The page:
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1

Last thing you want is a dodgy circuit breaker. I suggest that you replace it so when and if you ever have need for that breaker to protect a circuit you can depend upon it to work properly. I got the impression from reading your posting that you are using this circuit breaker as a regular switching function. Be aware that some breakers are not intended to ...


0

I had a similar problem in my basement where all the outlets were dead except the two that control each garage door openers. I made a jumper cable with two male ends and fused the hot line with a 10 amp automotive fuse. You plug one end of the jumper into the door opener plug and the other end into one of the dead outlets. Now all the rest of the plugs on ...


2

This sounds like a bad connection upstream of the panel. No load, you get voltage - apply a load, voltage goes away. Try turning off all the breakers on the affected bus, with it connected. Does voltage return? Try (since you seem comfortable handling the feed wires - right, you do say sub-panel) marking the feeds and see if the problem follows the wire, ...


0

If all the breakers on every other row go out, you lost one of your phases. That's not as bad as losing a neutral, in which case each 120V leg can go as high as 240V, blowing stuff up and starting fires. All that to say, if it proves to be a wire connection problem, check your neutral too! If both breakers in a single row go out, you may have a burned up ...


0

Are you sure nothing else is plugged into that circuit? It may be just enough for the normal load, not enough when one more thing is turned on...


3

If space permits, you could also run an additional isolated neutral buss bar (connected to the existing neutral bar, and isolated from the box/ground.) My main panel has 3 interconnected ground buss bars (left, top, right - power entry at bottom) to keep it convenient. Small change in the grand scheme of things. Use adequately sized wire for the ...


0

My guess about the wire nuts is that a load center is not a junction box. My inspector passed me with the same issue.


6

The AFCI wire needs to connect to the neutral bus. Put it on the other side, or add on to the length of the wire with a wirenut.


0

Could be something as simple as a short between the 100A breaker and the subpanel. Have you inspected the entire length of the wire for e.g. signs of rodents chewing on insulation? Also, your photo is unreadable and all I can tell is that you have four breakers, one of which is single-pole and I'm not clear about the others. What are the ratings and phase ...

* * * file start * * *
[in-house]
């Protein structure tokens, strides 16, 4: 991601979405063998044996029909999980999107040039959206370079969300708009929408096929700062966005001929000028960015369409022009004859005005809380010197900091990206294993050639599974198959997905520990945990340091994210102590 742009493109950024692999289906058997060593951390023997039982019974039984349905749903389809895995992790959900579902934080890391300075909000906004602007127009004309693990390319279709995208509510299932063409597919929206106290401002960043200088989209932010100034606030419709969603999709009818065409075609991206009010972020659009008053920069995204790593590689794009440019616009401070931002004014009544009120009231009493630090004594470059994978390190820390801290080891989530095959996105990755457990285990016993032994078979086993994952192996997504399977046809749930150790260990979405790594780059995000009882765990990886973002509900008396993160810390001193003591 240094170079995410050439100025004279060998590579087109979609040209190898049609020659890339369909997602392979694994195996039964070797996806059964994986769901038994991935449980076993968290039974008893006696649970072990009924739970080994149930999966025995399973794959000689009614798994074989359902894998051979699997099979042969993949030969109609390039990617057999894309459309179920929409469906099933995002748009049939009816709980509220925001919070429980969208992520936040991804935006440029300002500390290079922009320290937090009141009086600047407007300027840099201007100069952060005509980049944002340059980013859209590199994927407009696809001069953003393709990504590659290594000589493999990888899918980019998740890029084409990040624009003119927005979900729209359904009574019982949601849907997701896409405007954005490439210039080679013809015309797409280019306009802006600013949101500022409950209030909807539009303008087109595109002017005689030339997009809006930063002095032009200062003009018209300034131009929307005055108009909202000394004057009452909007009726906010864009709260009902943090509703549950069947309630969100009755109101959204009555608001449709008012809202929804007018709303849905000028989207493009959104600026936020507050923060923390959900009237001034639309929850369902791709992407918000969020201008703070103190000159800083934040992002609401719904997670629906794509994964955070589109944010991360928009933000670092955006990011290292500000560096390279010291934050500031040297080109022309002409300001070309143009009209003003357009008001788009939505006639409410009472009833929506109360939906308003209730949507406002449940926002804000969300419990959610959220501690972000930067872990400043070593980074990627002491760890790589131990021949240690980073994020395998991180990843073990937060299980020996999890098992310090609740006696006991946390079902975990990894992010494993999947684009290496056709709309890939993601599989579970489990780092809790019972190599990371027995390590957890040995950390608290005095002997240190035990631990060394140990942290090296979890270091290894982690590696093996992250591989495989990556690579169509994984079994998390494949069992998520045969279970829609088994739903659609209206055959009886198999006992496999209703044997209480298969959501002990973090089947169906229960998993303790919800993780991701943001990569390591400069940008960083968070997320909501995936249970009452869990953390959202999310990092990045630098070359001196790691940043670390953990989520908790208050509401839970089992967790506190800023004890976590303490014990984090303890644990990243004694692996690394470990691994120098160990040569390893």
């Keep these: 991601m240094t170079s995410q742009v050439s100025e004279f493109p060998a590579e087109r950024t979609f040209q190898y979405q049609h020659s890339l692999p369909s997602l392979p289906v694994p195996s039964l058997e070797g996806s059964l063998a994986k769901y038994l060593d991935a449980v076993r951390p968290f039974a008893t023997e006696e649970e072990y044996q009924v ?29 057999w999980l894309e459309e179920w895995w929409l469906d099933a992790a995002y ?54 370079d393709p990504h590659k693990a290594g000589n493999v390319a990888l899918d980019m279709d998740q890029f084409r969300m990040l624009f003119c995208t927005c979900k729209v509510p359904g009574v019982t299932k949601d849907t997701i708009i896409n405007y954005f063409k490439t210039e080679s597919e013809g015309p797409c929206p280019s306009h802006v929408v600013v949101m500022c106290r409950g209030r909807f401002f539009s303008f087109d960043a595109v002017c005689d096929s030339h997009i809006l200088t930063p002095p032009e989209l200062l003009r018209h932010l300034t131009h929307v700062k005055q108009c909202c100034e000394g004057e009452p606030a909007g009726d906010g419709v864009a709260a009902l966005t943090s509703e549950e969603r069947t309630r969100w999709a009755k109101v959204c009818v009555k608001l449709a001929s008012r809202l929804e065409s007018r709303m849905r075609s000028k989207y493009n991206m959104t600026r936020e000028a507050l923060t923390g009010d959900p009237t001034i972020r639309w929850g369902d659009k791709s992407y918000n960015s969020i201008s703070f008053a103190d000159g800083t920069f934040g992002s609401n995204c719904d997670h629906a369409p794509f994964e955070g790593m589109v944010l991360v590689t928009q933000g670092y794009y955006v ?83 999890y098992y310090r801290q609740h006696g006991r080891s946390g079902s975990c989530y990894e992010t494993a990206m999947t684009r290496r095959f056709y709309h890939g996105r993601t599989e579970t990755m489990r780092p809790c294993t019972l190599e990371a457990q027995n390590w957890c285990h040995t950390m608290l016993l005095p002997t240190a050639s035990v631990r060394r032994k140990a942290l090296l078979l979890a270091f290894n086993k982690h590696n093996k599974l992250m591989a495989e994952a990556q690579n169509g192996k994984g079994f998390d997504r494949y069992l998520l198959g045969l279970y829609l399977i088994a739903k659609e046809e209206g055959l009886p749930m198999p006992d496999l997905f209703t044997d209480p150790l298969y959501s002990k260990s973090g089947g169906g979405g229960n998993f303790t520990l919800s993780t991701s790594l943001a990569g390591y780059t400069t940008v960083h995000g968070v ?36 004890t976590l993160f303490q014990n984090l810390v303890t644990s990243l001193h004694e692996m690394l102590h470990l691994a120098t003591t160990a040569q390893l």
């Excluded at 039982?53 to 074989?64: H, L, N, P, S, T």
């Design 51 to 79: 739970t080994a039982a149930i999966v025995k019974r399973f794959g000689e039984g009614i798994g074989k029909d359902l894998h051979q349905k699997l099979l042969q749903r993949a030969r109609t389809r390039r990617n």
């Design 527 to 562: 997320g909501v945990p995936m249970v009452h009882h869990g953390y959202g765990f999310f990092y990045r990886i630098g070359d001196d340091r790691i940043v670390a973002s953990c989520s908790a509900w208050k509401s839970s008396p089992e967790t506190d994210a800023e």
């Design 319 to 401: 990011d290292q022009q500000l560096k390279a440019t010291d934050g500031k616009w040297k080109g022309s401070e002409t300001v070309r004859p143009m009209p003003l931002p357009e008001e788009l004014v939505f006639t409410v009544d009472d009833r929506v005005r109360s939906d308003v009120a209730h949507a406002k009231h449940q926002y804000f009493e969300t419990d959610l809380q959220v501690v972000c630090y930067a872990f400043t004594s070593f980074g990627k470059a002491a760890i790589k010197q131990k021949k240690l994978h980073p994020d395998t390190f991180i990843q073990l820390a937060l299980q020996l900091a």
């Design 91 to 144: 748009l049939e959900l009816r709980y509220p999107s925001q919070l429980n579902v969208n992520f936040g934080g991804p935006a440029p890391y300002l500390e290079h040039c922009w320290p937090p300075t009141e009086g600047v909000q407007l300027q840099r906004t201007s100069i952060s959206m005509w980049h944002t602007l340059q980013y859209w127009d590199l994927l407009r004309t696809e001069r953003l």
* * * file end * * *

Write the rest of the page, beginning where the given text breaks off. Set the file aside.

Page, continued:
5

It could have to do with the trip curves of the breakers, and/or the ambient temperature differences between panel locations. Trip Curve For example, let's say all the circuits on Phase A are drawing 3 times the rated current. The trip curve for these breakers, say they will trip between 10 and 30 seconds at 3 times current. So the total current on Phase ...


2

Breakers trip on overload or short circuits. A dead short could easily trip a main breaker.


5

Manually flipping a breaker, especially without a significant active load, should never melt a breaker. A melted breaker indicates a large heat build-up. This could be a defective breaker but is more likely a bad connection, producing resistance, which heats up under normal load. This could be an insufficiently tightened screw connection to the hot wire, ...


3

Disregard the arm-waving guesses at how much power the PC "might" draw, and buy a Kill-a-Watt. Bonus points if you get a better type of power monitor that can data-log. The Kill-a-Watt can also tell you a lot about power factor. Low power factor means it is causing interesting side-effects that masquerade as drawing more current than you actually are on ...


3

Based on some details that were revealed in comments, I think I should post this as an answer. Your comment said: Using 4 PSUs (450 each) on each 20 A circuit. 80% is 1920 and I'm using 1800. I thought I had room to spare. Apparently not. There is an 80% circuit breaker derating rule: you are only supposed to draw 80% of the breaker's rated current ...


5

EE here. PSUs have a non-linear relationship between current draw and voltage. Your calculations assume that the PSUs are purely resistive loads, and they are not. Assuming the circuit is not also oversubscribed, the circuit breaker can be fooled in this situation. A circuit breaker exists to protect the wiring from overheating and starting a fire. It is ...


23

If your device is drawing too much power, and is causing the breaker to trip. It means the device is too large for the circuit, and the breaker is doing the job it was designed to do. Making an "automatic breaker turner on-er" is not likely the best solution. There's two possibilities for why you'd trip the thermal protection of a circuit breaker. If the ...


18

Sounds like there are two options. Option one is to replace the existing breaker because you think its defective. This option is good if you know that you're not using enough power to trip the breaker so something else must be going on. However, it doesn't sound like this is the case. Option two is to run a new dedicated circuit to the room to handle the ...



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